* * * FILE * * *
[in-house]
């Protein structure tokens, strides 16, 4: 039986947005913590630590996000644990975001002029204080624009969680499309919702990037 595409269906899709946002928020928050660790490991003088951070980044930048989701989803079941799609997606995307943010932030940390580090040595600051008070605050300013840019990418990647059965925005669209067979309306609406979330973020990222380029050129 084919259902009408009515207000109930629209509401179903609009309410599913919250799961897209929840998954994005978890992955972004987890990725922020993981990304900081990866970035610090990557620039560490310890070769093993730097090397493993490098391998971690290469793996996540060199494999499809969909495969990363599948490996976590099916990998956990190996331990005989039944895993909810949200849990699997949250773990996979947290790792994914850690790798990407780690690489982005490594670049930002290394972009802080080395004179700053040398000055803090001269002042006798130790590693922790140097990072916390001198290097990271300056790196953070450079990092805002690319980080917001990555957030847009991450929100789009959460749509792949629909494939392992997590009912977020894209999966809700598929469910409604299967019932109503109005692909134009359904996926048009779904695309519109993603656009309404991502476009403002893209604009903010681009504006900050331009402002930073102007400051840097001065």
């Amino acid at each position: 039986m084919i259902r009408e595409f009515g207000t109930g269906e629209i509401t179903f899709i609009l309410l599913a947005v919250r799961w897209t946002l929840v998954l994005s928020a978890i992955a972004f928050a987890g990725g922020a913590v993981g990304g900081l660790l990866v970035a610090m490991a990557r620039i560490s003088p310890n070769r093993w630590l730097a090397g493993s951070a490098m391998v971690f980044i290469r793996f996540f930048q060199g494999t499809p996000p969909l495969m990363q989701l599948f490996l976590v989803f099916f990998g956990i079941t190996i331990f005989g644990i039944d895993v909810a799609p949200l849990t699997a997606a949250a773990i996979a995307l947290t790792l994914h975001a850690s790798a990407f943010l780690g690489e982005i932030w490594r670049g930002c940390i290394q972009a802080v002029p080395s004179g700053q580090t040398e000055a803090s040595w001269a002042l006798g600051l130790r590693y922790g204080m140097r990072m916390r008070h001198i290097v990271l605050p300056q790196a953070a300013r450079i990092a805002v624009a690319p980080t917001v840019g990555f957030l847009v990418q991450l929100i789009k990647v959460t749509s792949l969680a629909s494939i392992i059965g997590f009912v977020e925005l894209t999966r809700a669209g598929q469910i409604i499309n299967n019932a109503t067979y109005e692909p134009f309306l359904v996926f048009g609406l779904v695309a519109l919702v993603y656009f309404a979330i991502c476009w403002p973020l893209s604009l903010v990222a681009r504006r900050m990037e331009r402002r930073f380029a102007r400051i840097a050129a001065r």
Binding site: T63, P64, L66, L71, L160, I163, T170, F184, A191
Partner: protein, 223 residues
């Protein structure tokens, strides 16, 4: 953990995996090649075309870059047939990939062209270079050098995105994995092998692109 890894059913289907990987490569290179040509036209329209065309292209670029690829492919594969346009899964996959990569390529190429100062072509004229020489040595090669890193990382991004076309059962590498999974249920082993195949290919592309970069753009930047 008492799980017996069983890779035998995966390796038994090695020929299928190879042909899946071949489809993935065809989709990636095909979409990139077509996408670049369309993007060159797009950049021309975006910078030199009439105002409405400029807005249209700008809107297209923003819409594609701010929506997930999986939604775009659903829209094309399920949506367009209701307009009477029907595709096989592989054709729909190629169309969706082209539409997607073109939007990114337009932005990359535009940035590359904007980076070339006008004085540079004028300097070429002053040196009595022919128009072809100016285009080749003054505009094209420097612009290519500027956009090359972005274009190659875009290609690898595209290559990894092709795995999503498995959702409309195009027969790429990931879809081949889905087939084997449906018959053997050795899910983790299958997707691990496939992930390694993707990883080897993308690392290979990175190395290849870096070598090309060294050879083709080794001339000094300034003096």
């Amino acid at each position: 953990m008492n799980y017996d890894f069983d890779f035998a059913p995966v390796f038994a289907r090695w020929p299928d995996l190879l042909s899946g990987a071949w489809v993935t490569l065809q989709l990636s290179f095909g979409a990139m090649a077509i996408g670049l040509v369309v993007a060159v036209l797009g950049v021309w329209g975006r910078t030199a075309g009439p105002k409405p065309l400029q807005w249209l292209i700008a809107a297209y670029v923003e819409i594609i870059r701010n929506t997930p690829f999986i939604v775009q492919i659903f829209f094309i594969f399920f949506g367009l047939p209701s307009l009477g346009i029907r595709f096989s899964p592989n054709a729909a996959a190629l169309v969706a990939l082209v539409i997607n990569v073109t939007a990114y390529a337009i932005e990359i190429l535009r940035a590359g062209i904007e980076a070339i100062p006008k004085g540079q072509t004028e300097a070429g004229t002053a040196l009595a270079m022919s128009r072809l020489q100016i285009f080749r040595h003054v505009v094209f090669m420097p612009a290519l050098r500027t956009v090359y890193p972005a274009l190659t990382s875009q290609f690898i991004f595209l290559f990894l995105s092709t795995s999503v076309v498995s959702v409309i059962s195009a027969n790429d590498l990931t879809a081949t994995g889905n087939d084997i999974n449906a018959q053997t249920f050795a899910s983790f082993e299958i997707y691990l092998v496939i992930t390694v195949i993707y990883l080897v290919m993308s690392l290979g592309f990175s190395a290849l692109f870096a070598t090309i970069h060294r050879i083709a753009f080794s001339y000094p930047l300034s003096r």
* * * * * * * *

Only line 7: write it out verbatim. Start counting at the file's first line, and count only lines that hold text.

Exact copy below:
């Amino acid at each position: 953990m008492n799980y017996d890894f069983d890779f035998a059913p995966v390796f038994a289907r090695w020929p299928d995996l190879l042909s899946g990987a071949w489809v993935t490569l065809q989709l990636s290179f095909g979409a990139m090649a077509i996408g670049l040509v369309v993007a060159v036209l797009g950049v021309w329209g975006r910078t030199a075309g009439p105002k409405p065309l400029q807005w249209l292209i700008a809107a297209y670029v923003e819409i594609i870059r701010n929506t997930p690829f999986i939604v775009q492919i659903f829209f094309i594969f399920f949506g367009l047939p209701s307009l009477g346009i029907r595709f096989s899964p592989n054709a729909a996959a190629l169309v969706a990939l082209v539409i997607n990569v073109t939007a990114y390529a337009i932005e990359i190429l535009r940035a590359g062209i904007e980076a070339i100062p006008k004085g540079q072509t004028e300097a070429g004229t002053a040196l009595a270079m022919s128009r072809l020489q100016i285009f080749r040595h003054v505009v094209f090669m420097p612009a290519l050098r500027t956009v090359y890193p972005a274009l190659t990382s875009q290609f690898i991004f595209l290559f990894l995105s092709t795995s999503v076309v498995s959702v409309i059962s195009a027969n790429d590498l990931t879809a081949t994995g889905n087939d084997i999974n449906a018959q053997t249920f050795a899910s983790f082993e299958i997707y691990l092998v496939i992930t390694v195949i993707y990883l080897v290919m993308s690392l290979g592309f990175s190395a290849l692109f870096a070598t090309i970069h060294r050879i083709a753009f080794s001339y000094p930047l300034s003096r």